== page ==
“Well, then.” She noticed he was trembling. “Wait here,” she said. She left the room for a few minutes. When she returned, she was carrying a small glass filled with an amber liquid. “Here,” she said, handing it to Frank. “Drink this.”

“What is it?”

“Whiskey. It’ll help calm your nerves.”

Obediently, Frank drank the whiskey. It brought on a brief coughing spell, but Joann noticed that he stopped trembling. She sat down next to him and put a hand on his shoulder. “Just relax and have fun, Frank. Rock-‘n’-roll is supposed to be fun. Just let go.”

“But the audience—.”

“Is that what’s worrying you? Don’t even think about the audience. They’ll be drinking and dancing. Nobody will be watching you, anyway.”

“Oh, gee, thanks!”

“You know what I mean. They’ll all be watching Eddie.”

Just then Eddie opened the door and stuck his head into the room. “Time to go, kid.”

Frank stood up, looking about to bolt. Joann stood up with him and put a hand on his shoulder again. “Just relax and have fun. You can do it.” She glanced at Eddie. “Eddie knows you can do it, or he wouldn’t have picked you.” Then Joann said the magic words (at least as far as Frank was concerned they were the magic words). She said, “I know you can do it, too.”

Frank took a deep breath. “Okay, let’s go.” He pushed past Eddie and out the door. Joann followed. Despite her words of encouragement to Frank, she gave Eddie an I-hope-you-know-what-you’re-doing look.

As the Cruisers began their second set, Eddie gave a quick little smile to his terrified new keyboard player. He had picked “Peggy Sue,” always an audience favorite, as the first number. Frank was a little stiff in his playing, but he got through it. Then Eddie gave Joann a chance to shine by allowing her to sing “Johnny Angel” solo. Frank got through that, too, as her accompanist. With the third song of the set, Sal’s “Betty Lou,” something began to happen to Frank. Joann saw it, and Eddie saw it, too: Frank was beginning to loosen up, to relax, and his playing showed it. It got freer, and less stiff, as Frank got freer and less stiff. By the time the band finished the set, with “Runaway,” Frank was actually having fun.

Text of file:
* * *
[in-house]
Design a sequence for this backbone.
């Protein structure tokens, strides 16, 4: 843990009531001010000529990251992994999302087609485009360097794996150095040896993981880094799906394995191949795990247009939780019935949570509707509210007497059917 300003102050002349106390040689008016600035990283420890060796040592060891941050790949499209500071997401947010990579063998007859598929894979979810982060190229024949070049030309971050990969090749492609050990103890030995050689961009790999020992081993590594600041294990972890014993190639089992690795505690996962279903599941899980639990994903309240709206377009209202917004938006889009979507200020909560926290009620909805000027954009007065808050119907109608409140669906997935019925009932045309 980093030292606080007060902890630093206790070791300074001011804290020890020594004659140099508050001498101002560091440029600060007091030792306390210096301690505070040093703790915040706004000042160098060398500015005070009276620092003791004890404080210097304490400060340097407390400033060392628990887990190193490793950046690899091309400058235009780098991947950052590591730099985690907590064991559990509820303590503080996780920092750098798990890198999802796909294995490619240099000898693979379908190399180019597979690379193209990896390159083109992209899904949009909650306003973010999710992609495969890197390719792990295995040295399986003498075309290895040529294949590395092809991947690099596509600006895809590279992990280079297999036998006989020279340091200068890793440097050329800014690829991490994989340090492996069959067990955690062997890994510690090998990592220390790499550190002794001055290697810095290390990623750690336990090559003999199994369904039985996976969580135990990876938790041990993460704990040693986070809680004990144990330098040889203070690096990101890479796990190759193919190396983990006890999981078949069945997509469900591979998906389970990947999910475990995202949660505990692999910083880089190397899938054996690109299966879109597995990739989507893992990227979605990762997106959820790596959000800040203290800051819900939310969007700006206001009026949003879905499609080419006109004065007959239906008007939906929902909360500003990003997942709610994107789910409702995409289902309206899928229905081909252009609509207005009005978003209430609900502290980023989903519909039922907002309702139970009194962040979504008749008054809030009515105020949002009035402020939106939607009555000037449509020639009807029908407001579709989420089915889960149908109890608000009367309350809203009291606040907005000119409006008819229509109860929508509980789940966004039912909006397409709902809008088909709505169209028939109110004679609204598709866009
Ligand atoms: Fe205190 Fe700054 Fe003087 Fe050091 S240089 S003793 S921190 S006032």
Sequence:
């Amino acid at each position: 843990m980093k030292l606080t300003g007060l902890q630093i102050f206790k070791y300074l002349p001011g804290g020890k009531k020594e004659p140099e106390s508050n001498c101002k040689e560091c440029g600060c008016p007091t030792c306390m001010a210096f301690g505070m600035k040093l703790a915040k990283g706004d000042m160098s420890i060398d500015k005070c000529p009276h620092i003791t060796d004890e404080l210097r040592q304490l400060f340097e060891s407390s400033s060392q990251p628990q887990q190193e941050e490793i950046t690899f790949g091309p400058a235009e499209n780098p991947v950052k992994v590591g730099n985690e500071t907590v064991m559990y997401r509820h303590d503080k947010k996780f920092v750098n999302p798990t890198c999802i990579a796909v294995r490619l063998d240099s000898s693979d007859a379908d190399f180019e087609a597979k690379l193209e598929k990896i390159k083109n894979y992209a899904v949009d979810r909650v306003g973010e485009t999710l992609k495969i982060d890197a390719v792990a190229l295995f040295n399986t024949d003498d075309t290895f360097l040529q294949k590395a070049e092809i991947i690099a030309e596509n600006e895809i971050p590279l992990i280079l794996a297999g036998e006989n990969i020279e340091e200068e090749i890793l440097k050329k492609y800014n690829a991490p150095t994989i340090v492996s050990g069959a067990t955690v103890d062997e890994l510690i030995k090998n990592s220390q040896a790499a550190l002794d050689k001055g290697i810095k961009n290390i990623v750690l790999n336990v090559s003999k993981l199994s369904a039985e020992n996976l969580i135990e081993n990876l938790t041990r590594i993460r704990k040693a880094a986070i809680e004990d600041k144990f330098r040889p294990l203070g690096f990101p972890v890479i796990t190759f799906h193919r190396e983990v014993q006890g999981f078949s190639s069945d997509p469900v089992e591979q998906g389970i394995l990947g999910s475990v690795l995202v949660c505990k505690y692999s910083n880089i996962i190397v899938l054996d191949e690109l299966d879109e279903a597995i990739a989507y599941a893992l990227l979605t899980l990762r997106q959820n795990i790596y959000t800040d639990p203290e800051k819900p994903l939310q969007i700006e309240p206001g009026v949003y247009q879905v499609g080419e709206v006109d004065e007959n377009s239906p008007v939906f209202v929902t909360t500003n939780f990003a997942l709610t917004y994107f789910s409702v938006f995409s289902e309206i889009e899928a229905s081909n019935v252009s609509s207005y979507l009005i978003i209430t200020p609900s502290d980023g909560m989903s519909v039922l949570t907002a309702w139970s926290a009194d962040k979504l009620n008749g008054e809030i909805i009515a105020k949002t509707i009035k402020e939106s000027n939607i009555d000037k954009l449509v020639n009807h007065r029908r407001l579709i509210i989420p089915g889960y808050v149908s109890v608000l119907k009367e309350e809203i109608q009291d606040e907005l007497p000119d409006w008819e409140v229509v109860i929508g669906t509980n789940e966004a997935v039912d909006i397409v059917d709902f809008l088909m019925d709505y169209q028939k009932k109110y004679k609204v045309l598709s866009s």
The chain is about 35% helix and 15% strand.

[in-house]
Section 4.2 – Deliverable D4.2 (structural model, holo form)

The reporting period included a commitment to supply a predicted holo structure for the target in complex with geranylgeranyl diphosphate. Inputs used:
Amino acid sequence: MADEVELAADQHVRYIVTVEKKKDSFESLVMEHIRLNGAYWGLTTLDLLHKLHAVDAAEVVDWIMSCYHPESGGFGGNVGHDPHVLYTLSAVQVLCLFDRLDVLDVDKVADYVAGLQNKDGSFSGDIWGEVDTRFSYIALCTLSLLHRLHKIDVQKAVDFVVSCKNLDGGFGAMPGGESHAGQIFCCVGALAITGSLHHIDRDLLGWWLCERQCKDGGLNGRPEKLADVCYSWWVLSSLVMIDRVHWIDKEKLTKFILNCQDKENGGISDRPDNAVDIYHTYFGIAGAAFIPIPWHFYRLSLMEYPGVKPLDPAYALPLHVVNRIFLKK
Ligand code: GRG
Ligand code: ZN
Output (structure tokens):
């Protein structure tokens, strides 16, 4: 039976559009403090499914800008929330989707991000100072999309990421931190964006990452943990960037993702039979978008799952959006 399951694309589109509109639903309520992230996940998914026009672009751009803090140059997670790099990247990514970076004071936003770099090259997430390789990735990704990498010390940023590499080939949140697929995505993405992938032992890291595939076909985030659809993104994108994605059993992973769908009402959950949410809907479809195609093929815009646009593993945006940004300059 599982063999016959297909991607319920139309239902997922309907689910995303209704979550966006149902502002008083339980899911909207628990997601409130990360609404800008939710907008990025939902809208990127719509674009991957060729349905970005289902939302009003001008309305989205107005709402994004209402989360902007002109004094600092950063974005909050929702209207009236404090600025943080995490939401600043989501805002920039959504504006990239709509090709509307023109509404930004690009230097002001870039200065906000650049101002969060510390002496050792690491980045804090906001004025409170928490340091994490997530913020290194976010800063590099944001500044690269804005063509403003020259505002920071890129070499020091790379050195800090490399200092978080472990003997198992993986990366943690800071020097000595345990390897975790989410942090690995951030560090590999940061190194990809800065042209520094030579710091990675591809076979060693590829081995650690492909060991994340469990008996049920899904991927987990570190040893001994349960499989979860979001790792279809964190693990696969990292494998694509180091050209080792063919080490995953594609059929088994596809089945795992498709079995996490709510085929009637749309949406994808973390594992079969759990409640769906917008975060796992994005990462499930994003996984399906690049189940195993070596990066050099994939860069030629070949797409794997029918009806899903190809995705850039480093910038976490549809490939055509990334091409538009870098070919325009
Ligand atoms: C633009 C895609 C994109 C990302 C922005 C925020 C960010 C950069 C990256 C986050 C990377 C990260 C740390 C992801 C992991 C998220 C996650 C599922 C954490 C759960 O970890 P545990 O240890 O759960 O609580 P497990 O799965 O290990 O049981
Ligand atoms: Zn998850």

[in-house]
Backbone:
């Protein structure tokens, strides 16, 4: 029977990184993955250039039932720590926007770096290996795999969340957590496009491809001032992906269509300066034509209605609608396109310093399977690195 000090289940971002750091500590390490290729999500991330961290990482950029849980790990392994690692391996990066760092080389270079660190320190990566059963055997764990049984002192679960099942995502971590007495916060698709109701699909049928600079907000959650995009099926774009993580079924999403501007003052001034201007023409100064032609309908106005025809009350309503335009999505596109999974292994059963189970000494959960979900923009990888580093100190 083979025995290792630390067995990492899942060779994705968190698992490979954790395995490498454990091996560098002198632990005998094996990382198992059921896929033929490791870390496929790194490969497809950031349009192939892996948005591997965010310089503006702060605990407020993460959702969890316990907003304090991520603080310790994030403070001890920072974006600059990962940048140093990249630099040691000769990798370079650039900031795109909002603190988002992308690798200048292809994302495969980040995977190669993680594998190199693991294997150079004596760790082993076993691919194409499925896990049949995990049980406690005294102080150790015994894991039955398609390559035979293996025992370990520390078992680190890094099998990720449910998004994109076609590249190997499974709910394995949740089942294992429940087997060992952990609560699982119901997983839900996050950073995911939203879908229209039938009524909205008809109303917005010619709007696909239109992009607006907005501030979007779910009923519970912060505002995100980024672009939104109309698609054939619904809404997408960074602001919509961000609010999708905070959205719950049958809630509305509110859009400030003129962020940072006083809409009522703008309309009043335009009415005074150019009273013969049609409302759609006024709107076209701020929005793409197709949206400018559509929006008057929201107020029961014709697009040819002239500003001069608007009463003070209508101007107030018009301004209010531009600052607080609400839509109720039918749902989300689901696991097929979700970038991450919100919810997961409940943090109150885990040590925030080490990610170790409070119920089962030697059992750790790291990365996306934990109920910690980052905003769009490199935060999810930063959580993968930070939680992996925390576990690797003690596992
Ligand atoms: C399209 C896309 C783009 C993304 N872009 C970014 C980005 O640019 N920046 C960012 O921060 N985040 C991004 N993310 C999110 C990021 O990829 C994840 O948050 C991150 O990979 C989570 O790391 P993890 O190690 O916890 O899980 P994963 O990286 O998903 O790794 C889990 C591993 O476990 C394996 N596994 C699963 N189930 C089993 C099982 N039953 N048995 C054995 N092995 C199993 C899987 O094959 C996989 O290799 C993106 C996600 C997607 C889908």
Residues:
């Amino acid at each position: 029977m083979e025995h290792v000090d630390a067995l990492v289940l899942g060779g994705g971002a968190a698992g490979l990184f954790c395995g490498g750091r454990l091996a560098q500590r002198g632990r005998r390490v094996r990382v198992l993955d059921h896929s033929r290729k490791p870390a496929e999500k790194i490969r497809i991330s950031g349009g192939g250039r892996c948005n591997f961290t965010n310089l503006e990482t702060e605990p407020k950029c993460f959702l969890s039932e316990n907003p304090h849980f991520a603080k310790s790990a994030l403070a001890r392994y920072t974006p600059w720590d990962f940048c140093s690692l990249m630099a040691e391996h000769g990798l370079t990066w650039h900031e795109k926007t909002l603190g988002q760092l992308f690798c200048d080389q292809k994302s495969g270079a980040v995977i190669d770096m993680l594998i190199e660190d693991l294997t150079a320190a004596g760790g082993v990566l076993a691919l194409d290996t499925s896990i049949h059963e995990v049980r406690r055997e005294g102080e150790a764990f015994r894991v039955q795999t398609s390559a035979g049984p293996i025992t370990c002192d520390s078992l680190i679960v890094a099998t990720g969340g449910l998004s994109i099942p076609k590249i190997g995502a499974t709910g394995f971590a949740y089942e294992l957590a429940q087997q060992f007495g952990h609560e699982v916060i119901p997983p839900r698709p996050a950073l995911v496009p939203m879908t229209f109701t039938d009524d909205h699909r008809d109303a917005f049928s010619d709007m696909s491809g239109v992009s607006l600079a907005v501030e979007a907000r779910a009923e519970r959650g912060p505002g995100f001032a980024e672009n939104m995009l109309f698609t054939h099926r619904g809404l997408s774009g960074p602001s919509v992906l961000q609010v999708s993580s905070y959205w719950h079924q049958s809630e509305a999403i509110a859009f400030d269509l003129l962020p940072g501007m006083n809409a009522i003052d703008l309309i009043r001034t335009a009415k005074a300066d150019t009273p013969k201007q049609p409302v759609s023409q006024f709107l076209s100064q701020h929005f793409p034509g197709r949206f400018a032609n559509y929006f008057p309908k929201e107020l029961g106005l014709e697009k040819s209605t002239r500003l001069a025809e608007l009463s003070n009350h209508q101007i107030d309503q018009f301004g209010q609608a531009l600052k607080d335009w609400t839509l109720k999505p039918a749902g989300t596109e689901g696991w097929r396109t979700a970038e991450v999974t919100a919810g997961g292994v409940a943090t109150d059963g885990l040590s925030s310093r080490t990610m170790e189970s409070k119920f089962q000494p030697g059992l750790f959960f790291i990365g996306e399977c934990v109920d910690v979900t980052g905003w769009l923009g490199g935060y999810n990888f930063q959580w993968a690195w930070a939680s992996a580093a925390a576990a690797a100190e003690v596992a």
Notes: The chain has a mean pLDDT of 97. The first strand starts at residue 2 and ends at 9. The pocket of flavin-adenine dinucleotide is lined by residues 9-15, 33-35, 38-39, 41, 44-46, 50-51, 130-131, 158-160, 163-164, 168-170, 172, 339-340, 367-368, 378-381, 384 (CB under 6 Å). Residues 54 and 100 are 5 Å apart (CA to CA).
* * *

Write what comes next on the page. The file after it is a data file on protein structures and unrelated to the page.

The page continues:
After the set, Eddie was surrounded by girls, and Joann disappeared to the Ladies’ Room, so Frank didn’t have a chance to talk to either of them. Sal, at least, paid him the grudging compliment, “You’re doin’ all right, Frankie.” Frank played the whole third set with a smile on his face. Eddie saved his best for last, closing out the night with “Runaround Sue.” By then Frank was really rockin-‘n’-rollin’, a smile on his face. He decided that Joann was right. Rock-‘n’-roll was fun, and playing rock-‘n’-roll was even better.

Later that night, after Tony Mart’s was closed and the drinkers and dancers were gone, the Cruisers were relaxing at the bar. Wendell had loosened his tie and was sipping a bourbon. Sal and Kenny, beers in hand, were comparing notes on the different “chicks” they had seen in the bar that night and arguing over which one had the bigger “rack.” Frank sat on a stool at the bar he had so recently been wiping down. He was on his second beer, smiling broadly and feeling on top of the world. Joann was leaning on the bar next him and sipping a club soda. “See, Frank? I knew you could do it,” she said.

“Yeah,” Frank admitted, a little sheepishly, “you did.”

“And you enjoyed yourself, didn’t you?”

“Yeah. Yeah, I did,” Frank admitted again.

“I told you. Rock-‘n’-roll is fun!”

Frank felt a hand rest on his shoulder, and he turned to see who it was. It was Eddie. Eddie handed Frank another beer, and then he clinked his beer bottle against the one Frank was holding. He smiled at Frank. “Ya did good, kid.” He rubbed Frank’s shoulder. “Welcome to the Cruisers.”

“’Welcome to the Cruisers’? You mean …?”

“Yeah. Welcome to the Cruisers.” Eddie smiled at Frank. He took a final swig from his bottle of beer. He set the bottle on the bar and put his arm around Joann. “C’mon, baby,” he said.

As Eddie and Joann started for the door, Frank sat on his bar stool trying to take it in: Eddie Wilson had just made him a Cruiser. He, Frank Ridgeway, was no longer just a college dropout mopping floors and stocking beer coolers. No, he was a Cruiser.

Just as Eddie and Joann were about to walk out the door. Frank looked up. “Hey, Eddie!” Frank called. Eddie turned to look. “Let’s get on with the music?”

Eddie smiled. ‘Yeah, kid. Let’s get on with the music.”